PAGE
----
NEW PORT RICHEY — Once every three days in 2017, somebody in Pasco County overdosed on opioids.
The statistic, revealed Tuesday by Pasco Sheriff Chris Nocco, helped cement the Pasco County Commission’s decision a few minutes later to join ongoing litigation against manufacturers and distributors of opioid medications.
"Those people should be accountable, they should be sued,’’ Nocco told commissioners.
Last month, attorney Jeff Gaddy of the Pensacola-based law firm of Levin, Papantonio, Thomas, Mitchell, Rafferty and Proctor P.A. briefed commissioners on the litigation effort. His firm is part of a legal team that has filed 81 lawsuits on behalf of 120 clients in 10 states, alleging distributors flooded markets with opioid medications instead of following the federal requirement to monitor usage and report suspicious activity. On Tuesday, with no comment, commissioners agreed to retain his firm to represent the county in its own planned litigation.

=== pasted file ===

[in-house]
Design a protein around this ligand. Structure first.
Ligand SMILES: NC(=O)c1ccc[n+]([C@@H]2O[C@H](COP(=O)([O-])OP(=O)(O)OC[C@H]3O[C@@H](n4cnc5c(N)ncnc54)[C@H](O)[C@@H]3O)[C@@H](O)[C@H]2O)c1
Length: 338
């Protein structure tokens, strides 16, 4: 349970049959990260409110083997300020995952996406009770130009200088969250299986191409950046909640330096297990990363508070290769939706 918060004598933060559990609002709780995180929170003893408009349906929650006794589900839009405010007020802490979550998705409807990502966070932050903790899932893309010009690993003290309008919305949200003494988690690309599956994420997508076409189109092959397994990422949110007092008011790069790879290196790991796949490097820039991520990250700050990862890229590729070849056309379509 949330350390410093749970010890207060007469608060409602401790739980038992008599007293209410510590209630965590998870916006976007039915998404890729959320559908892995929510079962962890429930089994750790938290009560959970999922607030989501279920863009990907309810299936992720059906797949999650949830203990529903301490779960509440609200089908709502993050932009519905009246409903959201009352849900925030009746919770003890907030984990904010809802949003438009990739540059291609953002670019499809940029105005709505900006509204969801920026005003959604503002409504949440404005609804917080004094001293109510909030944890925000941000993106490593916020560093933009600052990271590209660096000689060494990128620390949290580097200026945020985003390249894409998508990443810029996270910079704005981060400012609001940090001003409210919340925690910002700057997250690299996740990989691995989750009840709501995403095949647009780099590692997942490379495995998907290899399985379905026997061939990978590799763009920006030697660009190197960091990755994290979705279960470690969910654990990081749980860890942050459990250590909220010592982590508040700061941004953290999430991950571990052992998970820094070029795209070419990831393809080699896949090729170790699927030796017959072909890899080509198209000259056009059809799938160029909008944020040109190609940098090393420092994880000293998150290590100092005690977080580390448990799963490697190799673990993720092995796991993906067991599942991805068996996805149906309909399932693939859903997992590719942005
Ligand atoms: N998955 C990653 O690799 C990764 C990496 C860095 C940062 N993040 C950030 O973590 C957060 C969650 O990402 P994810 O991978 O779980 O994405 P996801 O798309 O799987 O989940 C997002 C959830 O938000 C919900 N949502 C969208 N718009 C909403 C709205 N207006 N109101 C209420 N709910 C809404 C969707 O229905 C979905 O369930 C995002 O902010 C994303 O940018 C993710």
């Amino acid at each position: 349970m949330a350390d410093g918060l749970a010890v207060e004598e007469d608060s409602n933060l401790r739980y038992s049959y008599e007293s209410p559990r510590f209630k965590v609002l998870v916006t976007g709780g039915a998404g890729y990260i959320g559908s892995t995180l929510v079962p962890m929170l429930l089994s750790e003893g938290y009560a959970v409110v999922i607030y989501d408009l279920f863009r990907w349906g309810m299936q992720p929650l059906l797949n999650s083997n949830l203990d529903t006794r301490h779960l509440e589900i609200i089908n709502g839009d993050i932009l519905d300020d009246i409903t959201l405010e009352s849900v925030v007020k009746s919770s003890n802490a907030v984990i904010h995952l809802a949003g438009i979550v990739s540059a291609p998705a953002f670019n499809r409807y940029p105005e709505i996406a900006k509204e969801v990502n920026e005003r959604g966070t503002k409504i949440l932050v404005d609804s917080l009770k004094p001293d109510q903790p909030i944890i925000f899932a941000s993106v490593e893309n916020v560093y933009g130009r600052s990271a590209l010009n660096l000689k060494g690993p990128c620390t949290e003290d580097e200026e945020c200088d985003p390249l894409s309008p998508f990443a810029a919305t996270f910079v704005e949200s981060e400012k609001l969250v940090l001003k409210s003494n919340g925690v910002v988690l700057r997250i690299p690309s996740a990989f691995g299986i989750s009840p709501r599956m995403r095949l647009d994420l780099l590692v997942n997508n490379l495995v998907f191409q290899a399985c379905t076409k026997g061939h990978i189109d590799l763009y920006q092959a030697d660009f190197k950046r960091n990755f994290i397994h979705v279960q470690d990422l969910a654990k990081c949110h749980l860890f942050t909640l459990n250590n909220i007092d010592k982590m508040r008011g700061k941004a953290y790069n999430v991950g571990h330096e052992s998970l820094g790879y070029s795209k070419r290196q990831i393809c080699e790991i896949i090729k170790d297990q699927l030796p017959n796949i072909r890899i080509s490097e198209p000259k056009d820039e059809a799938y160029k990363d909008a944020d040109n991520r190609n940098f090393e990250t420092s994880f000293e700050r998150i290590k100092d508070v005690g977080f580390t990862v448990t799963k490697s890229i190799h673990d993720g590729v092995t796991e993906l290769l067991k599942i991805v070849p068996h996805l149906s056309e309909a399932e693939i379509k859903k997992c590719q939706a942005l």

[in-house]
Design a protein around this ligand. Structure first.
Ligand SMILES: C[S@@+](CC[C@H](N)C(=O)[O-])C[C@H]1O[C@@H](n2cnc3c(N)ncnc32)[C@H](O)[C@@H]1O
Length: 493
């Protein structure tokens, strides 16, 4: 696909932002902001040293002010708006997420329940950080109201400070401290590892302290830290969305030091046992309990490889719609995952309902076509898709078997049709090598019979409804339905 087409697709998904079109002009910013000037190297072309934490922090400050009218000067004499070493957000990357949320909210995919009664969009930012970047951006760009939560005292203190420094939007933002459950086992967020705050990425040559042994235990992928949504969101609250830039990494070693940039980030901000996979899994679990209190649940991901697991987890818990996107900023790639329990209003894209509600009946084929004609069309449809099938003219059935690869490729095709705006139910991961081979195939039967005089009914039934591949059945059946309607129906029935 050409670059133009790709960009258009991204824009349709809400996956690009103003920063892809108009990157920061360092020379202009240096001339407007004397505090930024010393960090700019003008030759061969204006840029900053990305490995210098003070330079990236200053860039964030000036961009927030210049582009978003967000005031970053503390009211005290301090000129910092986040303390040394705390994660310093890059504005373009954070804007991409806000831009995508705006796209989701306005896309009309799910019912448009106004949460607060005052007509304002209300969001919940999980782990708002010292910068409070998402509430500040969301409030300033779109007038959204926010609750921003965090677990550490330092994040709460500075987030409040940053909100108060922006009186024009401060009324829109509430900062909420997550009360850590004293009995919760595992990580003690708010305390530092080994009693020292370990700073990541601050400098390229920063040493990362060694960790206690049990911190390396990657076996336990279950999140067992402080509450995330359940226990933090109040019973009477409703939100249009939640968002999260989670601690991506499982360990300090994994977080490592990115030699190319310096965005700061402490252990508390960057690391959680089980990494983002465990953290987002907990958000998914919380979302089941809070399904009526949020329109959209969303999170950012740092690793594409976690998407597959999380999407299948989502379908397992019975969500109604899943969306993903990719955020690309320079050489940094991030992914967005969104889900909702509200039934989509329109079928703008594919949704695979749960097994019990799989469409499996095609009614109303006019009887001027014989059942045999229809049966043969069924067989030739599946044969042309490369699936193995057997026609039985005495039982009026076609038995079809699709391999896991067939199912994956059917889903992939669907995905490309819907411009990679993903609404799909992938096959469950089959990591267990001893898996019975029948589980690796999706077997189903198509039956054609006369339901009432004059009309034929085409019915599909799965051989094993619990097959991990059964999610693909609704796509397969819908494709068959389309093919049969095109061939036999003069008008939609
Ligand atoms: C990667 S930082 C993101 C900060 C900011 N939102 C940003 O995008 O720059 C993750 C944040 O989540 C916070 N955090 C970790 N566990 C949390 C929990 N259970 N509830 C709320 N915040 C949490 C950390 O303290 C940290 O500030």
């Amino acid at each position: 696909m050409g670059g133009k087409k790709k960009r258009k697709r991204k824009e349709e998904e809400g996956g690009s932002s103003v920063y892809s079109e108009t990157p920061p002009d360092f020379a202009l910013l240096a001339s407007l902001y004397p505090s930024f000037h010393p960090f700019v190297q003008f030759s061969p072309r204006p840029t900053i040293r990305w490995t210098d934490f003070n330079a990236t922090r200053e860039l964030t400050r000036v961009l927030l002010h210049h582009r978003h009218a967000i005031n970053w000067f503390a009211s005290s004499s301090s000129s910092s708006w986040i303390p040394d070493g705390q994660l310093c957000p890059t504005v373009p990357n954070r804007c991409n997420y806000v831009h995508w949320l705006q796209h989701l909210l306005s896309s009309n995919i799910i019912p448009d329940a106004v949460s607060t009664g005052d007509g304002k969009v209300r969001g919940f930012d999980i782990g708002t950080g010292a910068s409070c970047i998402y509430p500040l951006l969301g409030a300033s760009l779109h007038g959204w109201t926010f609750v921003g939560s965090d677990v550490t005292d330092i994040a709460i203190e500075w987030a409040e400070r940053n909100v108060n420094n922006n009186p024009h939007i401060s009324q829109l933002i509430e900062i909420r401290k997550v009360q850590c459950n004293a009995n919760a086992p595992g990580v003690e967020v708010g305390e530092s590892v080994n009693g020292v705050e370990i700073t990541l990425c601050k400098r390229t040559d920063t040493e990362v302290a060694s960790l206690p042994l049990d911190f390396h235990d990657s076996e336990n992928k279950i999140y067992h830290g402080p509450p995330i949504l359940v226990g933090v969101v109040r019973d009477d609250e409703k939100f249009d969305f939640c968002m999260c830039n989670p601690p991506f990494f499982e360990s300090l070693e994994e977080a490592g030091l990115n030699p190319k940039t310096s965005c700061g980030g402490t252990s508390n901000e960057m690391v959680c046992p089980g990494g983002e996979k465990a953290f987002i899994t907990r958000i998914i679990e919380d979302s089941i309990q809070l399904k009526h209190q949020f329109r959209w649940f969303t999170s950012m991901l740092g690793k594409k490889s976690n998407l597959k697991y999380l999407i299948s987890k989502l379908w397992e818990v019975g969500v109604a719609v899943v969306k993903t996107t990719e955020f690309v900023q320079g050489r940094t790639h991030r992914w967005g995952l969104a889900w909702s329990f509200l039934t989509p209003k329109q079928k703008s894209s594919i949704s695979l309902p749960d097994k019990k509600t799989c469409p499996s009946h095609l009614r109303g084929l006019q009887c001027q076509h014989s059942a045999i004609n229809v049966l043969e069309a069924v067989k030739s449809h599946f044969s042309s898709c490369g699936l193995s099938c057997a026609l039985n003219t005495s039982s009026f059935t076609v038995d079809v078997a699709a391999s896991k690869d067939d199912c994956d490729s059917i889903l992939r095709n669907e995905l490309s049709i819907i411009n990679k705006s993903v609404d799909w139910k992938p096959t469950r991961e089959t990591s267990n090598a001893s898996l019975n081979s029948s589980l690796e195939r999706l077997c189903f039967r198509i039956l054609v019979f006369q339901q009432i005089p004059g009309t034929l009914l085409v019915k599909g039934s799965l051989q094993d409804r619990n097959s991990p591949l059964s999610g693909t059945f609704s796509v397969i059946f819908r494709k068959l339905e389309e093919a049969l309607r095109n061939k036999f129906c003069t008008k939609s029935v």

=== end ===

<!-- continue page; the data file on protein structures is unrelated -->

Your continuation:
A federal judge in Cleveland is trying to combine actions by more than 200 states, cities and counties that already sued drug makers, with the 41 states, including Florida, that are considering suits. U.S. District Judge Dan Polster told the Associated Press his goal is to create a "global" settlement this year. A Jan. 31 meeting between the sides is the first step.
In Pasco, Nocco said the total number of overdoses last year, 165, matched the number at the height of the pill-mill epidemic in 2010.
Nocco told commissioners about an incident in which he and Col. Jeff Harrington provided back-up on a patrol call and found one homeless man beating on the chest of another in an attempt to revive him.
"He stopped taking pills. Now he’s on heroin,’’ Nocco said the man told deputies.
The preponderance of heroin is an offshoot of state and local efforts to crack down on so-called pill mills – cash-only pharmacies filling scripts from unscrupulous doctors. The state Legislature created a drug-monitoring database to stem doctor shopping, and Pasco increased its own law enforcement by adding a dozen officers to the sheriff’s narcotics unit.
A lack of treatment options, however, pushed addicts to abuse other drugs.
"It changed behavior,’’ Nocco said, "but it hasn’t change the addiction.’’
Reach C.T. Bowen at email@example.com or (813) 435-7306. Follow @ctbowen2